Internally held job fairs have proven to be an effective means of recruitment, particularly for entry-level blue-collar and clerical employees. Organizations often open up their facilities during the evening or on the weekend and provide free food and prizes as an incentive for potential applicants to visit. Actually visiting the work site begins the realistic job preview process and might result in better retention of applicants who are actually hired.

Organizations have also found that using special events as a recruiting tool has proven effective. A booth or kiosk at sporting and civic events could produce viable candidates.


The Internet has opened up all sorts of possibilities and associated challenges in recruiting. It provides access to a worldwide population of potential applicants. There are essentially three major sources of applicants using e-recruiting: commercial job boards, professional/trade association websites, and the employer’s website.

Many organizations have successfully used commercial job boards such as Monster.com and Hotjobs.com where, for a fee, employers can post job opportunities. Job boards have been found to provide access to a large number of qualified candidates. However, because of ease of access many of the candidates often are not seriously looking for a new job but are merely testing their competitiveness in the job market or trying to determine current compensation rates.

As discussed previously, many professional and trade associations publish job openings on their website. These can provide viable candidates for specialized positions.

Most larger employers now provide employment information on their websites. They typically find this to be an effective and efficient means of generating applications. To be effective, access to job information must be easy. Most employers provide a button on the home page that leads prospective applicant to the information. Effectiveness is increased if the web page for employment information continues the same format and theme as the home page and is consistent with the organization’s image and culture. This is an important continuation of the employer branding previously discussed.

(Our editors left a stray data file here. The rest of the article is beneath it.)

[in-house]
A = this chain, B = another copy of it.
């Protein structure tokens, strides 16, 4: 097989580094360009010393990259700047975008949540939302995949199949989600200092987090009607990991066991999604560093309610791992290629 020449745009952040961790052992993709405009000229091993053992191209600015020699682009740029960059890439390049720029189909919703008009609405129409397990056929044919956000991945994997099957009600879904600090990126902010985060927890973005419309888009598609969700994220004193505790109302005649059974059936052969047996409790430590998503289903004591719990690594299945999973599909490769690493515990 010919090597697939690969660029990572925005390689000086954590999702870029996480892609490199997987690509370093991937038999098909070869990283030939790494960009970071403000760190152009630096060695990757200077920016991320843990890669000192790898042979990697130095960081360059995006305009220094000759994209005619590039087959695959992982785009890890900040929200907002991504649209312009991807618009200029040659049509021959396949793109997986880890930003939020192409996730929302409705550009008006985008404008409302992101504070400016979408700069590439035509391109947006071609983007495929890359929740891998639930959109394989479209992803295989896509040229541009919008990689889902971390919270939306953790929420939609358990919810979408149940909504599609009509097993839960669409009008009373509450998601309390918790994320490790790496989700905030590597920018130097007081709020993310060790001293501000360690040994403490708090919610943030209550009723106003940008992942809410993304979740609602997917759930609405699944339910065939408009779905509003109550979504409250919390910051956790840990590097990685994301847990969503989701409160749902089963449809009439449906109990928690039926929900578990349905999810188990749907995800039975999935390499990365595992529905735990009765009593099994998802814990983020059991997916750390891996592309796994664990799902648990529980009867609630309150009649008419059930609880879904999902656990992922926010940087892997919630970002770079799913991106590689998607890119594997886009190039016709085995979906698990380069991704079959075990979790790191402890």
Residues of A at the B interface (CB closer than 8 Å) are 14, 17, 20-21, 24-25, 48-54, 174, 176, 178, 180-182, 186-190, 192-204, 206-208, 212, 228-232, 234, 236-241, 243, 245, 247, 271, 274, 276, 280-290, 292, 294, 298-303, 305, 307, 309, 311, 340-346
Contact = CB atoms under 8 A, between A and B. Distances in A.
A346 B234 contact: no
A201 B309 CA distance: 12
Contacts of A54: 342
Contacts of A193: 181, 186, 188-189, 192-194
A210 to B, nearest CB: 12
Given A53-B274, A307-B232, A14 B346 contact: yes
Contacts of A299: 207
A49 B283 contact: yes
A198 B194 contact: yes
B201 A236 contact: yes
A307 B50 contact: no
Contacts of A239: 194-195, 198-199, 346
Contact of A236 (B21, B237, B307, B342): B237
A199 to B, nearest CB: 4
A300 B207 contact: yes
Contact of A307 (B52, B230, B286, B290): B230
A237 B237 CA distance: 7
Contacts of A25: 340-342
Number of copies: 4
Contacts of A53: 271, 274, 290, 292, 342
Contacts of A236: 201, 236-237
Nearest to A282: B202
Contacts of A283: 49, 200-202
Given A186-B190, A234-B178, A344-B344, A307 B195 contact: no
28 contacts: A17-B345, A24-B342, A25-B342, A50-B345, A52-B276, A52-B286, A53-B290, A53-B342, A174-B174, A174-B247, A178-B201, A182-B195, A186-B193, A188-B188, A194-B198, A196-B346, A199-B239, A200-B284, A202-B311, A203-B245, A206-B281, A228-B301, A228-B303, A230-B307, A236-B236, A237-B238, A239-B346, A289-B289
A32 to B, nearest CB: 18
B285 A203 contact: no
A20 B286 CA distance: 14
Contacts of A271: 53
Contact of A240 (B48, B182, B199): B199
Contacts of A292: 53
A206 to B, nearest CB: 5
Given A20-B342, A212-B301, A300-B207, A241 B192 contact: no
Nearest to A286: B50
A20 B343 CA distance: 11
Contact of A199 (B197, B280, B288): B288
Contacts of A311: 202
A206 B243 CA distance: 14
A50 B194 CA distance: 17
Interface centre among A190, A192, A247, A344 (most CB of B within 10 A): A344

Internet recruiting can save time because the application forms and/or resumes are readily available. Applicants can be immediately contacted via email. Internet recruiting is typically much less expensive than media advertising or onsite recruiting initiatives. Internet recruiting expands the relevant job market to the globe and has the potential to generate a large number of qualified candidates.

However, the ease of application in Internet recruiting and the wide exposure of job opening information often generate applications from those that are not qualified or that are not seriously looking for work. In fact, Internet recruiting might generate too many applications that must be screened and applicants that must be contacted, thus increasing the workload on HR. Fortunately, there are now software packages that can largely automate many of these processes.

Internet recruiting poses problems for the tracking of applicant flow data. However, recent rulings by both the EEOC and OFCCP have clarified the issue somewhat. As a general overview of that guidance, employers have to consider applications received on the Internet as applicants for applicant flow data only if the organization actually considers the applicant for an open position, if the applicant maintains continued interest and follows the organization’s standard application process, and if the applicant expresses interest and is basically qualified for a particular position.

A final concern about Internet recruiting is the potential for adverse impact caused by what is known as the digital divide. Although access to the Internet has increased dramatically, certain minority groups might have less access than other groups.